Two major hospitals came under attack in rebel-held east Aleppo early Wednesday, killing at least two people and knocking out desperately needed medical services.
Hundreds of people have been killed over the past week amidst a blistering new government offensive that was launched to retake the city after a cease-fire deal collapsed.
Medical officials said strikes hit two hospitals — codenamed M2 and M10 — before dawn on Wednesday.
The head of M10 said generators and water-storage facilities were damaged while the ICU also sustained major damage.
"The destruction is everywhere," Dr. Mohammad Abu Rajab told NBC News. "A wave of dust washed over the patients as they laid in their hospital beds."
He said the hospital has been taken out of service "completely and indefinitely," calling it a "sad day" for medical professionals.
"We cannot provide essential medical services to our patients who need it," Rajab lamented.
The medical charity SAMS, meanwhile, said two people were killed and three medical staff were injured in the morning strikes on the M2 hospital.
SAMS' advocacy officer Adham Sahloul called the strikes "deliberate."
He said both M2 and M10 suffered structural damage — leaving Aleppo with just six working hospitals, only three of which have trauma centers.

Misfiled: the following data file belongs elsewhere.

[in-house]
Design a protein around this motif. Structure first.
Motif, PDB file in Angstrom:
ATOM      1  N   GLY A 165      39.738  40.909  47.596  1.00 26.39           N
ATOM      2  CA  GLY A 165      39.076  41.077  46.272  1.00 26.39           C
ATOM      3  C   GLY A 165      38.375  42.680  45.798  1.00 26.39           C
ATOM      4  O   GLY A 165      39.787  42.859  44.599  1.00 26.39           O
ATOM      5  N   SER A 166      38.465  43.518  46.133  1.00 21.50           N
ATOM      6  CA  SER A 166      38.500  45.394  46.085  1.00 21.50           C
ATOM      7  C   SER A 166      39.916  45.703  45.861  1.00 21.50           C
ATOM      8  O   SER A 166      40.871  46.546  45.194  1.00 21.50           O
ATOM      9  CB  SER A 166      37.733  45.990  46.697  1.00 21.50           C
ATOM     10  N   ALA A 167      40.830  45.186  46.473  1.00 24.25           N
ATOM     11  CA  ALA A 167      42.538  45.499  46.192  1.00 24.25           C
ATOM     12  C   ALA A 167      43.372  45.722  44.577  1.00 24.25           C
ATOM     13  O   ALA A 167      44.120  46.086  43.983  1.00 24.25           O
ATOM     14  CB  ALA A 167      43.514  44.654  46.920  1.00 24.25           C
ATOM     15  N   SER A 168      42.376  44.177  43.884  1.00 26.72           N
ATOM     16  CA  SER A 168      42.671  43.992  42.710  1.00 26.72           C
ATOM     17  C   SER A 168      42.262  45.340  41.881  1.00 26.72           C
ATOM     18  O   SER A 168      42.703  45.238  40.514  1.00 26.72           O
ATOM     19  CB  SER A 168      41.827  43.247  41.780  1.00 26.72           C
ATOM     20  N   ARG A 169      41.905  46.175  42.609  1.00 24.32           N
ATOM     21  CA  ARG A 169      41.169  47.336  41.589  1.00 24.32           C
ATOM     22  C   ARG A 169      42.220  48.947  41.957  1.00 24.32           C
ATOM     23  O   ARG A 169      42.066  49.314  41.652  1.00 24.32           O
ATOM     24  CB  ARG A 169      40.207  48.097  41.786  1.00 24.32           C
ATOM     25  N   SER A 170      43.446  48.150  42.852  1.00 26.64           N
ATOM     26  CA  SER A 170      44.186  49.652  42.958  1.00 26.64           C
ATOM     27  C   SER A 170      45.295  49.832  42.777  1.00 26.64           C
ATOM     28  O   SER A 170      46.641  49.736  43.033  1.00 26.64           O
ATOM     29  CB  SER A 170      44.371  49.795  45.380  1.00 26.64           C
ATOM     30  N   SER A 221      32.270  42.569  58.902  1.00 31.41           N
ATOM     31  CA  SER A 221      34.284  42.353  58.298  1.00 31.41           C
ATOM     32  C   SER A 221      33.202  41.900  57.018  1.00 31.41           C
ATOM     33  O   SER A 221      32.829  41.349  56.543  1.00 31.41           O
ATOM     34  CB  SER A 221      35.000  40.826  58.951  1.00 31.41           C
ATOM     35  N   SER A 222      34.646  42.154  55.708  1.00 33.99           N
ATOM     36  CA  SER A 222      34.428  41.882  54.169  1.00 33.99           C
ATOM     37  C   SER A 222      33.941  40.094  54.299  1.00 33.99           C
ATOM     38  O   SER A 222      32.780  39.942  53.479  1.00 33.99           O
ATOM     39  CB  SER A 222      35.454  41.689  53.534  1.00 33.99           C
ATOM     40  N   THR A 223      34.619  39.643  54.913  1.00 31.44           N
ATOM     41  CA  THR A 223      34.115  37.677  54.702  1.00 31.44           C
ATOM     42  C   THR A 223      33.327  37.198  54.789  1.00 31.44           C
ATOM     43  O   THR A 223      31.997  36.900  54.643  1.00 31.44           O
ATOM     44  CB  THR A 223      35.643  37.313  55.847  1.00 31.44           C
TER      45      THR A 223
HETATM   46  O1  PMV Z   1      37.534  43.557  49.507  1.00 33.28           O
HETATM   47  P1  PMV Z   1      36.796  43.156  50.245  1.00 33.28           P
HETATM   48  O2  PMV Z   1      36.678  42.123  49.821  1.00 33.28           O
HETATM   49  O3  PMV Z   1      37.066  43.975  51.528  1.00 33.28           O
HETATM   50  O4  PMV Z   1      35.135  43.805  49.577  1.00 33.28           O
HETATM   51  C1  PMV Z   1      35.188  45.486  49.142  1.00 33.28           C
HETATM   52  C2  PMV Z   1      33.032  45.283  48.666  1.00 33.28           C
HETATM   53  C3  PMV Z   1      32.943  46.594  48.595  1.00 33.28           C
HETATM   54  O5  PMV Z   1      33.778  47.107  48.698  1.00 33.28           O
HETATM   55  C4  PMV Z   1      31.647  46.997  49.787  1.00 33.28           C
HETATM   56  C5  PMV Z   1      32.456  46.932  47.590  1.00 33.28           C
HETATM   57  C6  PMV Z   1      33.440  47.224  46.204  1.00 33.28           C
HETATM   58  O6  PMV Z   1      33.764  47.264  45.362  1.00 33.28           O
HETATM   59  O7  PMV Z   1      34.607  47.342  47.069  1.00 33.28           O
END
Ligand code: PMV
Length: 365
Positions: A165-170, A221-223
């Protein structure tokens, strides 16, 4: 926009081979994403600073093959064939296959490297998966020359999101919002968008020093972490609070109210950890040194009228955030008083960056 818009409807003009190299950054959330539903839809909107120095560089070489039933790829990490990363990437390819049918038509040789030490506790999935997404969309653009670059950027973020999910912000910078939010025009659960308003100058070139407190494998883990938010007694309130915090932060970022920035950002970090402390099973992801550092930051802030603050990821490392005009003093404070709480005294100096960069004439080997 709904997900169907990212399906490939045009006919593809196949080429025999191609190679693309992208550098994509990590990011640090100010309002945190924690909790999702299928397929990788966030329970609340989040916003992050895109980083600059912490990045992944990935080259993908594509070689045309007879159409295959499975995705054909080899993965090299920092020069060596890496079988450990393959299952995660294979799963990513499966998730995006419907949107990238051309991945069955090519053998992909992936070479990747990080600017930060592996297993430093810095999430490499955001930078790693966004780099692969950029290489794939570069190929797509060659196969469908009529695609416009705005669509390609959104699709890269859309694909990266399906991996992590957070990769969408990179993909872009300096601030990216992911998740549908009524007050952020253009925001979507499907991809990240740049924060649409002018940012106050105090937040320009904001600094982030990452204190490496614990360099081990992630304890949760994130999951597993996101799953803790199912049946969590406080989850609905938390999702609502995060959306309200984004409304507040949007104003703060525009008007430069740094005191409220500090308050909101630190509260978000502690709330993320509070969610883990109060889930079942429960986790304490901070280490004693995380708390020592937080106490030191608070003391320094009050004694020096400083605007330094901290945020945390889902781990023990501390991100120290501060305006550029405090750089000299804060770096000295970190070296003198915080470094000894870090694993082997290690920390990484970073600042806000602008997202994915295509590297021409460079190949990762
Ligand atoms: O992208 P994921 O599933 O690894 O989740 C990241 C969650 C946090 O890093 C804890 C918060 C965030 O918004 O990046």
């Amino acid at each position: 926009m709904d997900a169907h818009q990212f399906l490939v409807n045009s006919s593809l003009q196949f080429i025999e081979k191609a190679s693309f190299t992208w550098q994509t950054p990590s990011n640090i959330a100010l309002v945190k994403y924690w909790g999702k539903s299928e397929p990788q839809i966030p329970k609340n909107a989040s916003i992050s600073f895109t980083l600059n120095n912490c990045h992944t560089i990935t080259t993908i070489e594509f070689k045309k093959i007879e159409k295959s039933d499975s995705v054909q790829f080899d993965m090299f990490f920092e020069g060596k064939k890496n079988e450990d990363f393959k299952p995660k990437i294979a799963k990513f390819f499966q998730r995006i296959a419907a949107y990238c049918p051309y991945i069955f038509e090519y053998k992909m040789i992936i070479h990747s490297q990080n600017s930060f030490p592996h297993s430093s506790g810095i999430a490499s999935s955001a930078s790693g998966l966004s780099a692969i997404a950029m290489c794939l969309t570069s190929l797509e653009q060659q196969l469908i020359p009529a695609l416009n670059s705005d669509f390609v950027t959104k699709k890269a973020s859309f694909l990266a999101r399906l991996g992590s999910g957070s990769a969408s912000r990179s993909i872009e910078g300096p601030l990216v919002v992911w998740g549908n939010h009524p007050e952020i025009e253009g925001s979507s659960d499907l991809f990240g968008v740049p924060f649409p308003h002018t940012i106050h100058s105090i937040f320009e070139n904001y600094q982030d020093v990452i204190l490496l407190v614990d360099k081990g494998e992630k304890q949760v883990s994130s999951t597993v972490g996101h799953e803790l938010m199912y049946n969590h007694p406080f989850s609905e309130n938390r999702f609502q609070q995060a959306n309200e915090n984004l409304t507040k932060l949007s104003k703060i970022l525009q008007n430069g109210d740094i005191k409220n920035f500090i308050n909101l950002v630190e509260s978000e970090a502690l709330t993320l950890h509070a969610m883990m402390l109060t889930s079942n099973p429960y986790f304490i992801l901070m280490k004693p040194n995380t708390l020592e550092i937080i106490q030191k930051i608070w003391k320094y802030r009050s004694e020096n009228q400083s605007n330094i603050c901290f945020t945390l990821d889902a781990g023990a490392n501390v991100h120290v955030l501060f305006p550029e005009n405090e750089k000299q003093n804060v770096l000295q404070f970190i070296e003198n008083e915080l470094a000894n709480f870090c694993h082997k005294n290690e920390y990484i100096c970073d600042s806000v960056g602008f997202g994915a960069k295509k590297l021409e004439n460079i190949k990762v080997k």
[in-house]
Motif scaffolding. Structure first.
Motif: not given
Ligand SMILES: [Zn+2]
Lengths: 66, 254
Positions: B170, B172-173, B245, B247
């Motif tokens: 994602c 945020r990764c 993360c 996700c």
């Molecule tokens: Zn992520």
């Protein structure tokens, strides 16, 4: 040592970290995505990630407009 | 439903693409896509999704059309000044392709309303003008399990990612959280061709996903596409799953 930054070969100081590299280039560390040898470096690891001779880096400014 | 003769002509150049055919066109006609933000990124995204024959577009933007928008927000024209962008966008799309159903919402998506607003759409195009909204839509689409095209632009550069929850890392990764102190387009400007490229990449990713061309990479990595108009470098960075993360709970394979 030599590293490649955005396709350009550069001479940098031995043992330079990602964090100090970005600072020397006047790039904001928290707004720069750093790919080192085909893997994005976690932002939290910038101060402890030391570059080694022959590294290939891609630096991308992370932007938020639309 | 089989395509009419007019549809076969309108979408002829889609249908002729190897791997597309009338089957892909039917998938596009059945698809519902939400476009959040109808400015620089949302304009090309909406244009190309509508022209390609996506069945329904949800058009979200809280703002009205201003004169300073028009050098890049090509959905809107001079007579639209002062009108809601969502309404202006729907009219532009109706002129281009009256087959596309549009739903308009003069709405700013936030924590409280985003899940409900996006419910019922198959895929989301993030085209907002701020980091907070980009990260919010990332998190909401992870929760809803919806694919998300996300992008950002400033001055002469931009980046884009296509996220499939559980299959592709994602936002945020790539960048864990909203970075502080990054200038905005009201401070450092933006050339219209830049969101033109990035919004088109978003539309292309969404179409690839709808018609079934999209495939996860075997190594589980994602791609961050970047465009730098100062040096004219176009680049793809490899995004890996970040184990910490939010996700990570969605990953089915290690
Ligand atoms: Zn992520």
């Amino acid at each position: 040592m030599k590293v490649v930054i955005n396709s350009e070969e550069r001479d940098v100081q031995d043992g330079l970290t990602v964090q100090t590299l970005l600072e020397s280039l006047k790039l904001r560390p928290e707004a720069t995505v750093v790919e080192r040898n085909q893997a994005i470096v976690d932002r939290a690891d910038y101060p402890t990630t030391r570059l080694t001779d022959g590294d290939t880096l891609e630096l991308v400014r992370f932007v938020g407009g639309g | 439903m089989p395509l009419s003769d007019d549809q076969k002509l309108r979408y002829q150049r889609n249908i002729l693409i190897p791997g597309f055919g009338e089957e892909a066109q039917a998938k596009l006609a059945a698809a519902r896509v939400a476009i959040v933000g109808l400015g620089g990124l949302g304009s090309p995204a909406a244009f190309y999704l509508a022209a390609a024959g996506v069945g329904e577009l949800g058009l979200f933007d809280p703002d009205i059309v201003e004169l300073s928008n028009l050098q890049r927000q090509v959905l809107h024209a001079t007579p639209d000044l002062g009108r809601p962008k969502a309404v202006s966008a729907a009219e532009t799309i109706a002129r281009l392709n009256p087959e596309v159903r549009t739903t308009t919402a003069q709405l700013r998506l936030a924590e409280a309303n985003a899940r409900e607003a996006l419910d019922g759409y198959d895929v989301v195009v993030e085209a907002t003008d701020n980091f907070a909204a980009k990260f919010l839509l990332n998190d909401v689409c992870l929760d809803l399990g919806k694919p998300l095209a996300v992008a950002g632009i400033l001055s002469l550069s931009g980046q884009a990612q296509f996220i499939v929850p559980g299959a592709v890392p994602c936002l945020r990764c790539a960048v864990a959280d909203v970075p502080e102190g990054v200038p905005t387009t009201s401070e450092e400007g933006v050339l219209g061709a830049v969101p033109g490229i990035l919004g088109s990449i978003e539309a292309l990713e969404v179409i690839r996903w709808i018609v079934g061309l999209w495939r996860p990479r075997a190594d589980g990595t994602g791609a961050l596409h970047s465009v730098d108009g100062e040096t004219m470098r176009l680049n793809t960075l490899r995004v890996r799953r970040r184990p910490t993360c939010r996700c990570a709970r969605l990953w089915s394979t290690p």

"This really sets things back," Sahloul told NBC News. "You will now have hundreds of patients that cannot be treated and people who will bleed to death."
He said there are just 29 doctors left to treat an estimated 250,000 people trapped in rebel-held Aleppo — a ratio that medical organizations have warned is unsustainable.
The World Health Organization on Tuesday called for "the immediate establishment of humanitarian routes" to evacuate Aleppo's wounded, saying hospitals are overflowing and in urgent need of supplies.
In addition to the strikes on the hospitals Wednesday, shells also hit a bakery in the Old City.
White Helmets rescue worker Ismael Alabdullah said the barrage was unleashed as people waited in line to get bread in the morning — "and up till now the bombing hasn't stopped."
The Britain-based Syrian Observatory for Human Rights said six people were killed in that incident.
The recent Syrian offensive in Aleppo has been described as the worst bombardment since the civil war erupted.
Syria's government has ignored calls to halt the bruising campaign — though on Wednesday, Pope Francis added his voice to the pleas.
Related: A Short History of Syria's Civil War
Speaking to tens of thousands of people in St. Peter's Square, Francis called Aleppo "this already martyred city, where everybody is dying — children, old people, sick people, young people."
"I renew to all an appeal to commit themselves with all their strength to protect civilians," Francis said. "I appeal to the consciences of those responsible for the bombings, who will one day will have to account to God."